IBM report targets areas for Nashville transportation growth

Posted on January 31, 2013

A new IBM study of transportation in Nashville and the surrounding region outlines recommendations to accelerate its move to better, safer and more reliable transportation for the region’s citizens. 

The report, released by the Transit Alliance of Middle Tennessee and IBM, pinpoints areas that could benefit from immediate investment and would help relieve current stress. It also identifies long-term initiatives that could help spur future economic growth and livability in the region.

The Transit Alliance commissioned IBM to analyze transportation networks across the region and identify initiatives that could reduce congestion and stress on Middle Tennessee’s current infrastructure. IBM was also tasked to provide a roadmap of complementary long-term transportation initiatives to support Middle Tennessee’s rapid growth and enhance its livability. The report recommends five strategic areas of focus: mobility, communication and coordination across jurisdictions; tools for travelers; public education and outreach; and operational improvements.

High-impact, short-term recommendations include:

• Identifying new express bus and bus rapid transit (BRT) routes and act on planned routes. New routes in “transit deserts” would reduce commute times, create better access to jobs for residents across the region.

• Creating a universal fare card system to make it easier for citizens to travel between different cities and use multiple modes of regional transit.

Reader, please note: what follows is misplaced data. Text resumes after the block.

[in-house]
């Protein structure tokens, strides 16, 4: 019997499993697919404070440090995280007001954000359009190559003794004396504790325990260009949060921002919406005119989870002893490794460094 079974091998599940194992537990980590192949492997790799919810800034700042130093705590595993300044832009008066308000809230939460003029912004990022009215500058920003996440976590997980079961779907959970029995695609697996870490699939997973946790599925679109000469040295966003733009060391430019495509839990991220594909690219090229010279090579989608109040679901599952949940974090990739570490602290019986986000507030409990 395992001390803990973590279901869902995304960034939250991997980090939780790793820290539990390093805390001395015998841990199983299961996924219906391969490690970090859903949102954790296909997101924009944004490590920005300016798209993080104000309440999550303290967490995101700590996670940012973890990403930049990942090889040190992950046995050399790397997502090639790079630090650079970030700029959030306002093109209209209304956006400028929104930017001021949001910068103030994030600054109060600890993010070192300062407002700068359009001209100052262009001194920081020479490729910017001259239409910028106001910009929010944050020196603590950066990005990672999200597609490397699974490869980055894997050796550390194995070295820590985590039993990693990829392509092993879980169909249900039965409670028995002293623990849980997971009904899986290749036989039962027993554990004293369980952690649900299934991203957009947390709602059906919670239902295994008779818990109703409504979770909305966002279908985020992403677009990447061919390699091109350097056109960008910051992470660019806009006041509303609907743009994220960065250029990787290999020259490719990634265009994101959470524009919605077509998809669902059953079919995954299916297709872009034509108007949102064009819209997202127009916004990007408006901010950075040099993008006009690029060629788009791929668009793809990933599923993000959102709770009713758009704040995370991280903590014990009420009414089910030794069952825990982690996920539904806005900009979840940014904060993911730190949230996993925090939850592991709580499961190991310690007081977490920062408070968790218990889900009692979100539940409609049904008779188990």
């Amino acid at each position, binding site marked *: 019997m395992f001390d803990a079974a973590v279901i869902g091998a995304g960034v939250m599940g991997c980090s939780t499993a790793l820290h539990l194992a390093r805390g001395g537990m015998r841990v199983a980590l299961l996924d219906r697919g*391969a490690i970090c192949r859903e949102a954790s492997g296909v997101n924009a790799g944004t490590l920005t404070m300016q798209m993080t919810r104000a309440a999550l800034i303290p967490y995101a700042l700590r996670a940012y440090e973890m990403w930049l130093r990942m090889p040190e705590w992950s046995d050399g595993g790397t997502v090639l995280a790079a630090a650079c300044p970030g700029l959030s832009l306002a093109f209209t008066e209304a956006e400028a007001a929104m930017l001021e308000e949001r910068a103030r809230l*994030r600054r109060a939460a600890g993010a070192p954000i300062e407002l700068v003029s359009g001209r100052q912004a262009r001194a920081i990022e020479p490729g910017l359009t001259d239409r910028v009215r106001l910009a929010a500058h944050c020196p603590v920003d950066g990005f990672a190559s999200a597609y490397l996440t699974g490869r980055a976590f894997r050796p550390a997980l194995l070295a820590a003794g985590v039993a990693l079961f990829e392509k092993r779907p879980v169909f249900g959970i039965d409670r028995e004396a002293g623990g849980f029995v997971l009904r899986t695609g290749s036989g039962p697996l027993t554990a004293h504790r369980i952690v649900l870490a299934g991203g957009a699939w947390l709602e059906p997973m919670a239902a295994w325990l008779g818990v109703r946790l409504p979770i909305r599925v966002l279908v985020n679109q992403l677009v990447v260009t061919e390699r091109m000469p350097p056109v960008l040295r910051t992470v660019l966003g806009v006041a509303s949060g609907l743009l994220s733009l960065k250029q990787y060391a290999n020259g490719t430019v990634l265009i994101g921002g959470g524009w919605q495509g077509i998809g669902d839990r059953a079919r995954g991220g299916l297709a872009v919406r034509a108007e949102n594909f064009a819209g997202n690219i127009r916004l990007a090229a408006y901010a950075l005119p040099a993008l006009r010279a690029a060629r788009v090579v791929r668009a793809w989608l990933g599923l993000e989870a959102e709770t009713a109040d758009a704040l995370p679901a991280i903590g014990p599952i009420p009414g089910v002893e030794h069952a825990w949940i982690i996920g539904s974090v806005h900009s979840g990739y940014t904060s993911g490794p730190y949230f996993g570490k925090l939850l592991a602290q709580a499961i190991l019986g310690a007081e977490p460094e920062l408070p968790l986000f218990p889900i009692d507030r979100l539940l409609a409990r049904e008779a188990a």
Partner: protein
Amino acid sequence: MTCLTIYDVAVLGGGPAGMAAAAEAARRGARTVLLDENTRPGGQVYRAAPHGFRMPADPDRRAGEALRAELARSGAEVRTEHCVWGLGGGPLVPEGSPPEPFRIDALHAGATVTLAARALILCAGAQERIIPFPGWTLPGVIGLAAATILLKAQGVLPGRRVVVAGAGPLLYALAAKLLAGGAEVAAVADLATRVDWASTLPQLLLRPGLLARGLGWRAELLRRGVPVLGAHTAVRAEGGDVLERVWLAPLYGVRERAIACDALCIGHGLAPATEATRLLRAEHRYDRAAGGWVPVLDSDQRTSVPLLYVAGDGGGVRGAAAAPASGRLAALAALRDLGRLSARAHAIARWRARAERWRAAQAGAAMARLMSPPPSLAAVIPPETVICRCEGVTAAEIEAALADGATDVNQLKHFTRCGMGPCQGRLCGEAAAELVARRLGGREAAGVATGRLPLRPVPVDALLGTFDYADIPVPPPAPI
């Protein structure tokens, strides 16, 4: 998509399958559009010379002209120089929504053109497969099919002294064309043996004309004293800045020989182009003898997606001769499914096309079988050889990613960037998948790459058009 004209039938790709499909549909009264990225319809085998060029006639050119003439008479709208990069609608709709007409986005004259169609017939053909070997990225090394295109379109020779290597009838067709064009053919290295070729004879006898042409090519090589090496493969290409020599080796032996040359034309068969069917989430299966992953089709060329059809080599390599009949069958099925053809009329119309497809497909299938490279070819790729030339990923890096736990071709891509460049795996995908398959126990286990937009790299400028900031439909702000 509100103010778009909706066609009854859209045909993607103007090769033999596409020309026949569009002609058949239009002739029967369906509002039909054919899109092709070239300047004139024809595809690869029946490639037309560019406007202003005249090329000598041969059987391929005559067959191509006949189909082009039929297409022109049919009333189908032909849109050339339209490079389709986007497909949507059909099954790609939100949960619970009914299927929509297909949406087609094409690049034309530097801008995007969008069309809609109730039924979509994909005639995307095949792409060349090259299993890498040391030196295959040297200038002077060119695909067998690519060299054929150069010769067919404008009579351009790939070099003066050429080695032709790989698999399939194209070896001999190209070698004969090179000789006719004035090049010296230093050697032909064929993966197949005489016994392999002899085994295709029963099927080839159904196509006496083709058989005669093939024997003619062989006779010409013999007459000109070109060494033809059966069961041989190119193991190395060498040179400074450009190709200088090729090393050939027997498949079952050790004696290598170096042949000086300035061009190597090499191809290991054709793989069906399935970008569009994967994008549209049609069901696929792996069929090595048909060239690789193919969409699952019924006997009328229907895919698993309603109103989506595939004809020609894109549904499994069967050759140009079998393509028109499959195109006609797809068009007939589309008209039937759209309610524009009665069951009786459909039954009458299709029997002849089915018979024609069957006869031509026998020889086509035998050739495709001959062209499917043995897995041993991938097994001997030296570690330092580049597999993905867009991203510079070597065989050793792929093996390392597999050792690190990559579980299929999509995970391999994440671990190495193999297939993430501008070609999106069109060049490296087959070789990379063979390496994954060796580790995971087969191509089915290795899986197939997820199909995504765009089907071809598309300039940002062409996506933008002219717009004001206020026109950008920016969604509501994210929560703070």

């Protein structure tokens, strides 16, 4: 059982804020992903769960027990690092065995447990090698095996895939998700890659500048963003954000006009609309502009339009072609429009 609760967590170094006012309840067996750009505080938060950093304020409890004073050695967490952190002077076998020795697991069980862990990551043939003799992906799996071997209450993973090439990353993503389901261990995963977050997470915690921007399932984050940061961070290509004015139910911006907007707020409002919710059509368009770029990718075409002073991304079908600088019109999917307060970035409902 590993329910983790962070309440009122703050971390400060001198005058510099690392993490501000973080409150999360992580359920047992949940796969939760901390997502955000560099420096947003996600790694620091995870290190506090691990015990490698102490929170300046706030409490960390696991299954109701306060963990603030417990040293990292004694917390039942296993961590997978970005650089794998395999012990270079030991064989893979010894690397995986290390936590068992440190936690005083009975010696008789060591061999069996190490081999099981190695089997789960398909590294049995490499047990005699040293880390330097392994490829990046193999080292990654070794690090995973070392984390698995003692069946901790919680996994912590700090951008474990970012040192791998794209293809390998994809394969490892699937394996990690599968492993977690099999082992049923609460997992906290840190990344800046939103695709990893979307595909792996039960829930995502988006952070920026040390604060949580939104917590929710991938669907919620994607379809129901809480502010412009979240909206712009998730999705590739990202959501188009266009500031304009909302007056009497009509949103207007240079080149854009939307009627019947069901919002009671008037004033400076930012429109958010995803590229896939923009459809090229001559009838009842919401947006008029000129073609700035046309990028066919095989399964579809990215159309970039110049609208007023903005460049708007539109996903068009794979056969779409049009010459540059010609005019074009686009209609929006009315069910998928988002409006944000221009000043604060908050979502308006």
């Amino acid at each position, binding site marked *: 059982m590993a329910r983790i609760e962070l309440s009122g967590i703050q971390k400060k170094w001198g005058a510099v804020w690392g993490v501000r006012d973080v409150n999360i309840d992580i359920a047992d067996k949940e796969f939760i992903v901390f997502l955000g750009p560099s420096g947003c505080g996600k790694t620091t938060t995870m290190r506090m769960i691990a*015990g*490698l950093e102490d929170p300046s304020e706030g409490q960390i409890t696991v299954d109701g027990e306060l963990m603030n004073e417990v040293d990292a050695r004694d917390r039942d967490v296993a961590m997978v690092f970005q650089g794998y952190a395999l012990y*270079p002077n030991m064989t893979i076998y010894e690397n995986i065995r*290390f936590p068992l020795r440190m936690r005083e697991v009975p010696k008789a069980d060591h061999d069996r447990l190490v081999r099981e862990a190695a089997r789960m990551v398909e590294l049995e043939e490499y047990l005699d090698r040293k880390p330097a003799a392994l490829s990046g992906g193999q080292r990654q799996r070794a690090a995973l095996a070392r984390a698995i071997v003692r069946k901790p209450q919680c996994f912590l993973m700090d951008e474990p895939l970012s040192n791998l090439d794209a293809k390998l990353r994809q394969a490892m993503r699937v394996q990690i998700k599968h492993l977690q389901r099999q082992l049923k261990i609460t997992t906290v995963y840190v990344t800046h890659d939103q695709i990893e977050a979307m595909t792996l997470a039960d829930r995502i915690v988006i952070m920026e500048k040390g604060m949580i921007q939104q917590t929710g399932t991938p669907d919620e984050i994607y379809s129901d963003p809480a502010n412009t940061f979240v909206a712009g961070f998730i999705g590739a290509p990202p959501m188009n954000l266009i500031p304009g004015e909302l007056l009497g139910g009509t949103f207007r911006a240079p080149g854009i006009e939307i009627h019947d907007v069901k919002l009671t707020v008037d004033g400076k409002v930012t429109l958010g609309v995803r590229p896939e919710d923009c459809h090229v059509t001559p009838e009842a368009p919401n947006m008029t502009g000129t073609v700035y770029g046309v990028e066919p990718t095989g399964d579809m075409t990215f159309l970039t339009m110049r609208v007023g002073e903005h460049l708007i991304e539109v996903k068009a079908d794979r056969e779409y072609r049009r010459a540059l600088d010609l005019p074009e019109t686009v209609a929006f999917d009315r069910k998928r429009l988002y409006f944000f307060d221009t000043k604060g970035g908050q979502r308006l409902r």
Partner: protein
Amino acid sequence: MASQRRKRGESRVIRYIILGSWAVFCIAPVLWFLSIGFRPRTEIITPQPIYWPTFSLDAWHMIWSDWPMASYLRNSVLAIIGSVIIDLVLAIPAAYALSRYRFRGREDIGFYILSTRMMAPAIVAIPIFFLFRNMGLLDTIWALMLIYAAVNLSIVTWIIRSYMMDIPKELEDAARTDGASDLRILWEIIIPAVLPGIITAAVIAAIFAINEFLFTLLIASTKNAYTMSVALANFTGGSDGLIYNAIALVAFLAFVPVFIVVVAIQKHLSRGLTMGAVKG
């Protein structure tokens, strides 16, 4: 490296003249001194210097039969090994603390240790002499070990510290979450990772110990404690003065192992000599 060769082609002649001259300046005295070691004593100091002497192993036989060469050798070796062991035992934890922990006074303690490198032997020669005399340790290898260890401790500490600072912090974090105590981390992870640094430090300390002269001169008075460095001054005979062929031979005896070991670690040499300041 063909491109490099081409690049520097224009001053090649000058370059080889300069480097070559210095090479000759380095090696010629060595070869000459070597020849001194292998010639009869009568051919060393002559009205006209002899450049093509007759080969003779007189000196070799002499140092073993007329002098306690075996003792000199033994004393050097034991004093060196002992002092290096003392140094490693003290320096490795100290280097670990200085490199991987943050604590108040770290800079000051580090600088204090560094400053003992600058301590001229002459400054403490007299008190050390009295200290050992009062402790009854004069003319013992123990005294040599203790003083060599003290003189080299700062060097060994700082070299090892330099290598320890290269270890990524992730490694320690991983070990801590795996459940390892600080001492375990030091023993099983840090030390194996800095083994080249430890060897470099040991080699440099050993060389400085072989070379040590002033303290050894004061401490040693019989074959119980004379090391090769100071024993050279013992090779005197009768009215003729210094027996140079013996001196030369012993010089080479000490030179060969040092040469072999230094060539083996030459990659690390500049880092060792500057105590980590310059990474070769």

• Improving transit access to and from Nashville International Airport with a focus on modes of transportation that appeal to business travelers and tourists.

• Using public/private partnerships to aid completion of short-term transportation improvements.

The report recognizes that Middle Tennessee is positioned to be a Smarter Transportation leader when compared to U.S. and international cities with comparable populations. The region has above average expertise in incident management and planning and parity with similar sized regions in transportation network response time, performance measurement, communication with travelers and how it is integrating its data — from road sensors, traffic lights, route schedules, etc. — into its operations. The region can use these strengths to accelerate improvements in how it manages the demand for transportation assets like parking and frequency of mass transit, more consistent payment methods and customer management.

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